Problem with web address without www


If someone enters our web address in their browser without the www, it would show page could not be found.
But, if they enter www in front of our web address, it would bring them to our website. We never paid attention to this until we received a warning from Google Analytics recently as shown below. I guess Google is recommending us to setup our website in a way where it would open if someone doesn't enter www. infront of our web address.  Is there a way to configure our website as suggested by Google?  Thank you!

Property is receiving data from redundant hostnames. Some of the redundant hostnames are:
Redundant hostnames are counted as separate rows in reports, so hits that are going to the same page on your site from different hostnames will be split into multiple rows. With data split across multiple rows, traffic to specific pages will appear lower than it actually is.

To avoid this problem, consider setting up a 301 redirect from one of your redundant hostnames to the other, or create a search-and-replace filter that strips "www." from hostnames.

Google Tag Assistant Recordings can help you verify that your redirect is setup correctly, or that your filter is working as intended.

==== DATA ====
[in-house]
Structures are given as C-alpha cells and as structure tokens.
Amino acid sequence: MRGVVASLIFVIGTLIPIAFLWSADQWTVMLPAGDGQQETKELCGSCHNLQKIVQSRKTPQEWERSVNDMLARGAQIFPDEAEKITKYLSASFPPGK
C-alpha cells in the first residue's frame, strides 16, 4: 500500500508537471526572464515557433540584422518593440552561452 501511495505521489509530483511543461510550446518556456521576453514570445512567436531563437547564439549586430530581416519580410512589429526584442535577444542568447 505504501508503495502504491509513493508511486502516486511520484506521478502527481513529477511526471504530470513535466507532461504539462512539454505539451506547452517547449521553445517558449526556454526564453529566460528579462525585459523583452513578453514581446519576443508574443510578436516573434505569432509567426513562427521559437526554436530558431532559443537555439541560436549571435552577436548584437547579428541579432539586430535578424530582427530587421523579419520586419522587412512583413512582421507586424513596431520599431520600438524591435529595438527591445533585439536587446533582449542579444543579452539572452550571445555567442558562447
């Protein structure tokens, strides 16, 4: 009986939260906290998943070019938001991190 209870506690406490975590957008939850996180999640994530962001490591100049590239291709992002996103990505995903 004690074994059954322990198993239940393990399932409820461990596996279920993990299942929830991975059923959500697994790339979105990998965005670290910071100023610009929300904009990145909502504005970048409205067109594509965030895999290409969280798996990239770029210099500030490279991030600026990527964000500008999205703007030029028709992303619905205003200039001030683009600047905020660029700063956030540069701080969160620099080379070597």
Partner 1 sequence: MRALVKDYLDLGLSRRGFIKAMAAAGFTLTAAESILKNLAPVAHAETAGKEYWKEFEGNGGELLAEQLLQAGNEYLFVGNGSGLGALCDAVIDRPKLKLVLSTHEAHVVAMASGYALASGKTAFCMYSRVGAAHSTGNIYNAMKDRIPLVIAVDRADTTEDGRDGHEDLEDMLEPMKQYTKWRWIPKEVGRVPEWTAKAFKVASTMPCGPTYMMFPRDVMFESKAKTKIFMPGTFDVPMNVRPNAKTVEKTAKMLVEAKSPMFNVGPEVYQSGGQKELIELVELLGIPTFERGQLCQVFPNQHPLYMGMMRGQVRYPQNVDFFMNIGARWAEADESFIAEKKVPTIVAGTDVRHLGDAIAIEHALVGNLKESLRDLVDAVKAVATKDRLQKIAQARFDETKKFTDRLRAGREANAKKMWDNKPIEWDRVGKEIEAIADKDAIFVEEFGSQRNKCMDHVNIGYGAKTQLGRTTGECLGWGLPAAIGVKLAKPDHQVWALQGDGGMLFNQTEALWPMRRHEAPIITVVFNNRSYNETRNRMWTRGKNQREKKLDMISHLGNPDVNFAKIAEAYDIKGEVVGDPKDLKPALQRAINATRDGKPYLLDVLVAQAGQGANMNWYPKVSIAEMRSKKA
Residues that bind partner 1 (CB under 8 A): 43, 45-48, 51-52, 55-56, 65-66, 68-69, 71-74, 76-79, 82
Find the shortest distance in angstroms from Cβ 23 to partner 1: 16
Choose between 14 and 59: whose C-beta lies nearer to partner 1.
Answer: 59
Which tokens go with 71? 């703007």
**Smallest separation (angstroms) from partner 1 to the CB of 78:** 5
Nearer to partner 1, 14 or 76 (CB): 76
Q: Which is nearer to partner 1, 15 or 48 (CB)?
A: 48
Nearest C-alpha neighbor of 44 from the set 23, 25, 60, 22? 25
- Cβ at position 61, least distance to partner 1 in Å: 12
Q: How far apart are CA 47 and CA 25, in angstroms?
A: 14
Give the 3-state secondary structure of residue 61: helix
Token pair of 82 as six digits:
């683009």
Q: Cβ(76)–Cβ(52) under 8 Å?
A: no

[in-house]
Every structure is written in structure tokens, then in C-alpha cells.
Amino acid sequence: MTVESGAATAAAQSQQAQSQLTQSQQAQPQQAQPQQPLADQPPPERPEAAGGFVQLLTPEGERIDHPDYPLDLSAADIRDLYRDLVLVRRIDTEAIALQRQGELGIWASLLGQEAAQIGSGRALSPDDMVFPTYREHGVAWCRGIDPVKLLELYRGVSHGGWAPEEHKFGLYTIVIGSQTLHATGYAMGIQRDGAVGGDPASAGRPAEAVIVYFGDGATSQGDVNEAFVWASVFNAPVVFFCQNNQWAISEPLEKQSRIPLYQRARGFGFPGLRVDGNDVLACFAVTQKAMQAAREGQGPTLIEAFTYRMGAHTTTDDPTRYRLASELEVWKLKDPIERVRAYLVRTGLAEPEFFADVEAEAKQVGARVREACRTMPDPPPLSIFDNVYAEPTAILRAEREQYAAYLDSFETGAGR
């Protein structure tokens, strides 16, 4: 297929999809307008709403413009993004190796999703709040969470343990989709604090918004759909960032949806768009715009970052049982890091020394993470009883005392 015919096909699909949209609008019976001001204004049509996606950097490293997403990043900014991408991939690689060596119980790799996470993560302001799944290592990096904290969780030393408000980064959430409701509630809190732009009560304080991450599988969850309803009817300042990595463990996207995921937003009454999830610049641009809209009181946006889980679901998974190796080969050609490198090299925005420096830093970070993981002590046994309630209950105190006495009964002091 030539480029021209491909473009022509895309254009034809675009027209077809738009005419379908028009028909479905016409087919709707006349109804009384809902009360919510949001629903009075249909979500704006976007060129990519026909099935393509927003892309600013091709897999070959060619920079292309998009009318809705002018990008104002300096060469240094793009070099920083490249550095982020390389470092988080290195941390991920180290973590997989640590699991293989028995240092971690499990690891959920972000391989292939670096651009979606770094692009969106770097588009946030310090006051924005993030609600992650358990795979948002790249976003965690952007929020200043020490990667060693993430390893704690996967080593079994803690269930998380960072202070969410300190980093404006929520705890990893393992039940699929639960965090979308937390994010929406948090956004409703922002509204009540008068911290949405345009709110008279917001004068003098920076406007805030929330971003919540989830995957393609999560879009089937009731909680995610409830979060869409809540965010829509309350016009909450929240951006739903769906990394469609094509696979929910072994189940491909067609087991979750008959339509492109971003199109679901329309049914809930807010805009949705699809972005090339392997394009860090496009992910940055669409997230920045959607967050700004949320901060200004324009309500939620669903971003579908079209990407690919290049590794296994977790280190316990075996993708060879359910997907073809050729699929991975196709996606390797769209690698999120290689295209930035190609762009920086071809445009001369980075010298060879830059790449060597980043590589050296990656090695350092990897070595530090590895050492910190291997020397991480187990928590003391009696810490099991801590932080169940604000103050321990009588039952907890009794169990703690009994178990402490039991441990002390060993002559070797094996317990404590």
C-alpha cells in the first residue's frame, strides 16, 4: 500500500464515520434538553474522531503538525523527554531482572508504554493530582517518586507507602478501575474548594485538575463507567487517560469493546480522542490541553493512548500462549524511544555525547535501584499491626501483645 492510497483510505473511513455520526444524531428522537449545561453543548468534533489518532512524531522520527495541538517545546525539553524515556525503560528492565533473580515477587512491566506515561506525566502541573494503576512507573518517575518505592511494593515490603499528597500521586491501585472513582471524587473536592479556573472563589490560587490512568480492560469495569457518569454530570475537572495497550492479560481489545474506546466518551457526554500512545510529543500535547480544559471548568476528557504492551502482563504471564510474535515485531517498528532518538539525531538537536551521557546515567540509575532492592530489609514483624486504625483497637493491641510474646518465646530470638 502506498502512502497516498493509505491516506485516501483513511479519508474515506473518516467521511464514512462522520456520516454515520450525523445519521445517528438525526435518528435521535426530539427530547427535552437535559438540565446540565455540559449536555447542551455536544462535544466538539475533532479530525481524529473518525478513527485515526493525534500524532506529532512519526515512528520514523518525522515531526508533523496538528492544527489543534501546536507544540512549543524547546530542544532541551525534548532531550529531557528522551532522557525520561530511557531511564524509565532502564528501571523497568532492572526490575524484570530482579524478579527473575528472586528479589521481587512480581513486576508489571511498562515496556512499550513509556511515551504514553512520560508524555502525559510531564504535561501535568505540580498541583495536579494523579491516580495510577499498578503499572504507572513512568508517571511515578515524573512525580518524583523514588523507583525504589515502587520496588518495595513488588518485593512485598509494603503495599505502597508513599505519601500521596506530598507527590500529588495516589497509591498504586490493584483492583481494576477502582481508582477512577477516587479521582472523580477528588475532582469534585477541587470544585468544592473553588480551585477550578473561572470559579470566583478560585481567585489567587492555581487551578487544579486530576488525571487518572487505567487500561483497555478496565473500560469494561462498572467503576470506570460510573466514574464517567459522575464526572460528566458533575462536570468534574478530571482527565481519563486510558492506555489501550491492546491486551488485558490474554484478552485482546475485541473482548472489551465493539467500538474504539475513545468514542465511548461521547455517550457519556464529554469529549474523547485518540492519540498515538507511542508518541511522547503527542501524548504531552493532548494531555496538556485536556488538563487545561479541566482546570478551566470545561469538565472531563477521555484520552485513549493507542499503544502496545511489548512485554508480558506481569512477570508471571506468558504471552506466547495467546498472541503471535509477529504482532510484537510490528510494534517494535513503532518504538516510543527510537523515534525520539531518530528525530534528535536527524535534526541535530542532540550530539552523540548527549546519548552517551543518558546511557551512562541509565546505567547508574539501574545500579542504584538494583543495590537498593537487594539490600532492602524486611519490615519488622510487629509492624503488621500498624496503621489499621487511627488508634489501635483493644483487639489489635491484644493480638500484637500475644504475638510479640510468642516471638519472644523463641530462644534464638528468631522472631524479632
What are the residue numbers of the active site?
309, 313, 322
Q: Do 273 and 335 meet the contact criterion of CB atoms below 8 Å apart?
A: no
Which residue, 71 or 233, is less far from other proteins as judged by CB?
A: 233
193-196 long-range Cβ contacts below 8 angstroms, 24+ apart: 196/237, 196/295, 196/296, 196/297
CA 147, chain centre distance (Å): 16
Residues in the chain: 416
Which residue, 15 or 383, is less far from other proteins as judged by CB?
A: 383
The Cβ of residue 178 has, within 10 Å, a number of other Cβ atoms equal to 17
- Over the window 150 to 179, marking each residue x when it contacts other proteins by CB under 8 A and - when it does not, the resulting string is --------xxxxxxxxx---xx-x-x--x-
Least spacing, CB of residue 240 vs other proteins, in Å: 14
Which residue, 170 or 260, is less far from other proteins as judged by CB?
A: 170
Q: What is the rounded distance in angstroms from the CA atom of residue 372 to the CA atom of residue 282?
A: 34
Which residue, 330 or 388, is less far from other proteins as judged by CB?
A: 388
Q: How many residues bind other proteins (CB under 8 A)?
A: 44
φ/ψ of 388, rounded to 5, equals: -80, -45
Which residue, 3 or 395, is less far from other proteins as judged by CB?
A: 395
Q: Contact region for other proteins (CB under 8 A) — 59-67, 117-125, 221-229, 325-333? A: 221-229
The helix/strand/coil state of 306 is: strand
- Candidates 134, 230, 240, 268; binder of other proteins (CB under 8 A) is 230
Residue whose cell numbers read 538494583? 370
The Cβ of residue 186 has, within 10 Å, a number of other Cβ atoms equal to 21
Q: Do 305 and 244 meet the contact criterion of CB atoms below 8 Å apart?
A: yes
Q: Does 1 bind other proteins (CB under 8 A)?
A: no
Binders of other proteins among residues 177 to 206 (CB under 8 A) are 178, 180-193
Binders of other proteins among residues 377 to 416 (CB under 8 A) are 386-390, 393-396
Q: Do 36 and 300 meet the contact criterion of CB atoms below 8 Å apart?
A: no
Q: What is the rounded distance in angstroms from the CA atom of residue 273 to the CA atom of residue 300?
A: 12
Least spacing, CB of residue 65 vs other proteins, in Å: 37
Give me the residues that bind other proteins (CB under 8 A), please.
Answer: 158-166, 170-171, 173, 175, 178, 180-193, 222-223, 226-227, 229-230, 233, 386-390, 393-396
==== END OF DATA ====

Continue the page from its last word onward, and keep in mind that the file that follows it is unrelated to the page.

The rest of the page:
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Shimshey RosenbergSysAdminCommented:
Google gives you a good suggestion.. Just set a permanent redirect (301) on your DNS server to send traffic coming to to or vise versa
COCO3515Author Commented:
Thank you for your quick response.  I'm not too familiar with DNS settings but after some research it appears that the 301 redirect is supposed to be setup in Network Solution's DNS settings for our company. Is that correct? Thanks!
Shimshey RosenbergSysAdminCommented:
Correct, if you use Network Solutions for your DNS settings, than yes, you should set it up there
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COCO3515Author Commented:
Thank you!
Dr. KlahnPrincipal Software EngineerCommented:
Just set a permanent redirect (301) on your DNS server

With respect to the previous commenter, there is no such thing.  The 301 redirect is a web server status code.

DNS is not involved with this problem.  Since the HTTP request is getting to the target web server for both and, DNS is operating correctly.

What needs to happen is that the web server should be configured to respond to both FQDNs, and

In Apache, this is done with the ServerName and ServerAlias directives:


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In IIS there's a way to do it as well, but as I don't use IIS I don't know what it is.  If you use IIS let us know and one of the IIS experts can tell how it's done.

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COCO3515Author Commented:
You are correct.  The problem was found to be on the webserver and not the dns server. Thanks!
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